Almond trees have been adorning the Earth since the dawn of time. Most likely, they originate from China and Central Asia and were brought into the Mediterranean region by the merchants trailing the Silk Road.
Wild almond however is quite different from the one available at your local grocer’s. First, wild almond nuts are poisonous. They contain hydrocyanic acid, or cyanide, a very powerful poison that gives the almond nut its slightly bitter taste. This is why wild almond still growing in Europe is commonly called bitter almond.
Please don’t eat it! 40 to 50 nuts contain lethal dose of poison, and for children even small amounts are extremely dangerous — in some known cases as many as 10 nuts were a cause of tragedy.
To this day we don’t know exactly how (or why) the safe sweet almond was cultivated. What we do know for sure, is that it doesn’t contain amigdalin, the toxic source of hydrocyanic acid, and that it is the result of early primitive genetic modification.
The first groves of cultured almond trees, as archaeologists have it, appeared in the early Bronze Age on the territories of modern Armenia and western Azerbaijan. Later sweet almond appeared in Jordan and spread throughout the Middle East and Central Asia. Almonds were found among the treasures of Tutankhamun’s tomb — most likely they were delivered to Egypt from the Eastern shores of the Mediterranean sea. In the ancient land of Sogdia (the territory of modern Uzbekistan and Tajikistan) the blossoming almond tree branches were believed to protect the children from illness, they were brought to the temples as a sacrifice to the gods and the devotees held them in their hands when praying.
Almond is mentioned in the Bible many times, and many languages use adjectives, such as almond-shaped or the like, to describe a particularly pretty shape of eyes or something else pleasing to the eye.
Almond oil was already known in ancient Egypt. Legend has it, queen Cleopatra applied almond oil to her face and body. Josephine de Bogarnet, the beloved wife of Napoleon Bonaparte, was reportedly a fan of almond oil as well. She was often described looking younger than her real age and younger than her notorious husband, even thought she was really 6 years his senior.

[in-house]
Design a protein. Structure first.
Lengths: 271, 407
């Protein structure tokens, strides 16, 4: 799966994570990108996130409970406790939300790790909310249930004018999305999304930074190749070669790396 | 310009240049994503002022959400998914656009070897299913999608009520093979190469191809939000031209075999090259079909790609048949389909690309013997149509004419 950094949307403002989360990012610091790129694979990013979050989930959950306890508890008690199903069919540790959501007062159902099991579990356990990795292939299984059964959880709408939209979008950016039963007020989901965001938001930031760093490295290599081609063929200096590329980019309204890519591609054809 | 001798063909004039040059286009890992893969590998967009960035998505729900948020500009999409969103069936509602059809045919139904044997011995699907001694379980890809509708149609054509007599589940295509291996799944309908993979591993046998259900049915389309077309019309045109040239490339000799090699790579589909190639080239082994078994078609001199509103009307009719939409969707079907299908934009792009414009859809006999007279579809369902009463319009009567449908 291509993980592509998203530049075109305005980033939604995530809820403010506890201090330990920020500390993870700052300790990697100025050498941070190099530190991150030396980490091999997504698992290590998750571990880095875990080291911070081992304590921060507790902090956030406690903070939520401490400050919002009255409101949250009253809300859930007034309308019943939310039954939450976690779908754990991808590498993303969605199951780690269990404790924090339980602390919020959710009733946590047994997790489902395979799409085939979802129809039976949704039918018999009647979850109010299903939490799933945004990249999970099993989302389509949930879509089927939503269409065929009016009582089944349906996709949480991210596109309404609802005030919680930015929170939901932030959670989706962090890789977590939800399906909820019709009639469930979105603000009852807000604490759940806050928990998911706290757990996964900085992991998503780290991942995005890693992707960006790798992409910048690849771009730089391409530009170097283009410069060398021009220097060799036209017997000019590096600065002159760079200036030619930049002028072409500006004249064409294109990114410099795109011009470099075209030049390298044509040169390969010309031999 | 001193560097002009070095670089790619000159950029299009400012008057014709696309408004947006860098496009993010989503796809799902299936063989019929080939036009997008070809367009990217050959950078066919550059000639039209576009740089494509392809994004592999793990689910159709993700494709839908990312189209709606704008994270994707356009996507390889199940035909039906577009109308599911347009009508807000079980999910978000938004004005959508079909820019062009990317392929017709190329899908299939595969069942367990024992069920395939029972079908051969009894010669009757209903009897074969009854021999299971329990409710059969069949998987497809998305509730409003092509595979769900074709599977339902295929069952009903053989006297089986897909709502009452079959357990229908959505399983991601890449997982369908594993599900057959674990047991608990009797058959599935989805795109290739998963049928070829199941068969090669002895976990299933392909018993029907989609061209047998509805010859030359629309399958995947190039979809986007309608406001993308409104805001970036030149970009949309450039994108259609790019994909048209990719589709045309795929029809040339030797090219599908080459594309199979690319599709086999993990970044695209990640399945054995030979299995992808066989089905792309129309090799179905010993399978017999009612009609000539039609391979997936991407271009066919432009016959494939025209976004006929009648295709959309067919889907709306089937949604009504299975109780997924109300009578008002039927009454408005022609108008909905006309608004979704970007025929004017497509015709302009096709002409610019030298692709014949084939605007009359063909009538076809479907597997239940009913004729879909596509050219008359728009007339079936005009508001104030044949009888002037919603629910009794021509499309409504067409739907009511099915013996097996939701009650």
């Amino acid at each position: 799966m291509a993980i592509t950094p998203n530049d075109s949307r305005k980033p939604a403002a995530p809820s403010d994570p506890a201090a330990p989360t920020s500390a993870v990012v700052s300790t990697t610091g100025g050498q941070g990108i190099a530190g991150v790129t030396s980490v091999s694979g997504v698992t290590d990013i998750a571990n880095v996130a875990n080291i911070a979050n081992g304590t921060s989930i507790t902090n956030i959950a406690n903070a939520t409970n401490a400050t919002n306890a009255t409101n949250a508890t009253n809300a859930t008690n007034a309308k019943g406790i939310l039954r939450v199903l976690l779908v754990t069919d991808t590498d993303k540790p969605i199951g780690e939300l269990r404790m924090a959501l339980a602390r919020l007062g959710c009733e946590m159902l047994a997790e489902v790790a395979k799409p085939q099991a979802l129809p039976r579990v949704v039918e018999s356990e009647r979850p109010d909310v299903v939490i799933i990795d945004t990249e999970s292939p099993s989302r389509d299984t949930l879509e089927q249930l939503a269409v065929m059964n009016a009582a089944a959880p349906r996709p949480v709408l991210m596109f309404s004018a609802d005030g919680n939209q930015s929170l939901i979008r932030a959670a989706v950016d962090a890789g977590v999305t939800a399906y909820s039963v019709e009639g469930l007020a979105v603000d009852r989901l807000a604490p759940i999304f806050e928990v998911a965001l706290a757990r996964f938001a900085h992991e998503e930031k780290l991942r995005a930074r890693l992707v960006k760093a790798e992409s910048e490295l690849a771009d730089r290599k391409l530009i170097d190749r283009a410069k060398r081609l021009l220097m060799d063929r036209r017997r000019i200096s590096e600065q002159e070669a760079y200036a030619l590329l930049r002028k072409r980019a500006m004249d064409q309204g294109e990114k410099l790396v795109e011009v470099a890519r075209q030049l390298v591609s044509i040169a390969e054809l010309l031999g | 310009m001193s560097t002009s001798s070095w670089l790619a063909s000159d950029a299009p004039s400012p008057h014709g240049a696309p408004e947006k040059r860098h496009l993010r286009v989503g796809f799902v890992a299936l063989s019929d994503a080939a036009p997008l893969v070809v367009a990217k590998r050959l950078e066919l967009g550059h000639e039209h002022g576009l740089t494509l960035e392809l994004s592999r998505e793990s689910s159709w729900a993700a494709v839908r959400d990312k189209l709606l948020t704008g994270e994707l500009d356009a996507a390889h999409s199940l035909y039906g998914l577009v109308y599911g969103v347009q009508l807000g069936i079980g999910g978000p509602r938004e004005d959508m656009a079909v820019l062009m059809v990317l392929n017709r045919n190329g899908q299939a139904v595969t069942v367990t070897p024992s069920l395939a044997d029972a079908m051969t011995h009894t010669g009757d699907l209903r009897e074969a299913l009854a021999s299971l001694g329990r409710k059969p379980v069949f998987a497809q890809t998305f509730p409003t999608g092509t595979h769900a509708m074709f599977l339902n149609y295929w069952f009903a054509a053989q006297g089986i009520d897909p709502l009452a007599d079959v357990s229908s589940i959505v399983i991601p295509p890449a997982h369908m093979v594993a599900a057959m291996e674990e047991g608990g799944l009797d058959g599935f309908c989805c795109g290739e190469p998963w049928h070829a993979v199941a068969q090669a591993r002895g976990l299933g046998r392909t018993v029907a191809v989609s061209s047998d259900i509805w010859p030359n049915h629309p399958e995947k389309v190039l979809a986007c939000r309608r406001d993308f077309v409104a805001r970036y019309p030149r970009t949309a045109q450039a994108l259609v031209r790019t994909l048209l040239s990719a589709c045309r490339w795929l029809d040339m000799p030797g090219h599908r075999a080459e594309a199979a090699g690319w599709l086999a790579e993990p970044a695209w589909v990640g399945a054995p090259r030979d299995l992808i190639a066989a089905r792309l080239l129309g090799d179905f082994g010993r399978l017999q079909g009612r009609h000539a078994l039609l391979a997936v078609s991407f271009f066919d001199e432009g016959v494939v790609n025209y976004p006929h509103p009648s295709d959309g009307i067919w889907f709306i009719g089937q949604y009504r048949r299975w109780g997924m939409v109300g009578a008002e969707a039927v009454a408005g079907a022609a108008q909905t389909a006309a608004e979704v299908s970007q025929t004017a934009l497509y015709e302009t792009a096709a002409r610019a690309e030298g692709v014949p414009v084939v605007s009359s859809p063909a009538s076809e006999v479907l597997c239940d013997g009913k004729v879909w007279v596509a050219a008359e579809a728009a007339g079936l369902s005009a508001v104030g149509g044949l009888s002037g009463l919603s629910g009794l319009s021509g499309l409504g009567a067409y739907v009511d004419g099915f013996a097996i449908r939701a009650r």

Sweet almond oil is in fact a great cosmetic ingredient, used both in traditional skincare solutions (massage oil, hair oil) and in the latest cosmetic formulations.
What makes almond oil so special is that it is very nutritious (the skin softens immediately after application) and at the same time very light (it is absorbed by the skin almost instantly, without leaving greasy traces). Almond oil is composed mostly of unsaturated fatty acids (over 90%), primarily linoleic (omega-6) and oleic (omega-9) acids.
About 9% of almond oil is made up by saturated fatty acids: palmitic and stearic. This proportion of unsaturated to saturated fatty acids is very similar to that of the protective lipid mantle of young and healthy human skin.
Almond oil is also rich in vitamins: it contains vitamin E — often dubbed the vitamin of youth, beta-carotin, vitamin C with anti-oxidant properties. B-group vitamins are also found in almond oil, among them niacin (В3), for healthy skin tone and vitamin В9 (folic acid) protecting the skin both from cold and ultraviolet rays.
Sweet almond oil speeds up healing process. It has been used to treat wounds and bedsores since ancient times. When applied to dry skin it has a softening and nourishing effect.
Remember though, that like all vegetable oils it has an occlusive, rather than directly moisturising effect, i.e. it locks moisture in the skin. Therefore almond oil works best when applied onto moist skin.
Almond oil is also great for sensitive skin, but should be used with caution on oily skin — with regular application new comedones may appear.